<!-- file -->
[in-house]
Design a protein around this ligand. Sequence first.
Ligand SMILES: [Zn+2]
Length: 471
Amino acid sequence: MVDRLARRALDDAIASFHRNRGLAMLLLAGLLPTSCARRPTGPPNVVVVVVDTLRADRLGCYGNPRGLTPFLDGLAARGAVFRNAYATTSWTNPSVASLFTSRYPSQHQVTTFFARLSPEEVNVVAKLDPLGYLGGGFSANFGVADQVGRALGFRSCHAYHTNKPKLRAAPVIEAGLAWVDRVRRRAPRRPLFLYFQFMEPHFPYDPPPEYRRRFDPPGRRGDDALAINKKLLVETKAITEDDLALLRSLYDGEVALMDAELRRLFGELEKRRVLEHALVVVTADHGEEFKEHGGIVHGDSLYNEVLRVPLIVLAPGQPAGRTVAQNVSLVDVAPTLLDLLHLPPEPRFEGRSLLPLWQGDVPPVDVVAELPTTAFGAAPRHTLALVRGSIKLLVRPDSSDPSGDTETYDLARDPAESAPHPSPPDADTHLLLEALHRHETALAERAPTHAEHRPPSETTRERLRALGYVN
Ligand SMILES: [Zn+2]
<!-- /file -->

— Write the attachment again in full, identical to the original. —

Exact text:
[in-house]
Design a protein around this ligand. Sequence first.
Ligand SMILES: [Zn+2]
Length: 471
Amino acid sequence: MVDRLARRALDDAIASFHRNRGLAMLLLAGLLPTSCARRPTGPPNVVVVVVDTLRADRLGCYGNPRGLTPFLDGLAARGAVFRNAYATTSWTNPSVASLFTSRYPSQHQVTTFFARLSPEEVNVVAKLDPLGYLGGGFSANFGVADQVGRALGFRSCHAYHTNKPKLRAAPVIEAGLAWVDRVRRRAPRRPLFLYFQFMEPHFPYDPPPEYRRRFDPPGRRGDDALAINKKLLVETKAITEDDLALLRSLYDGEVALMDAELRRLFGELEKRRVLEHALVVVTADHGEEFKEHGGIVHGDSLYNEVLRVPLIVLAPGQPAGRTVAQNVSLVDVAPTLLDLLHLPPEPRFEGRSLLPLWQGDVPPVDVVAELPTTAFGAAPRHTLALVRGSIKLLVRPDSSDPSGDTETYDLARDPAESAPHPSPPDADTHLLLEALHRHETALAERAPTHAEHRPPSETTRERLRALGYVN
Ligand SMILES: [Zn+2]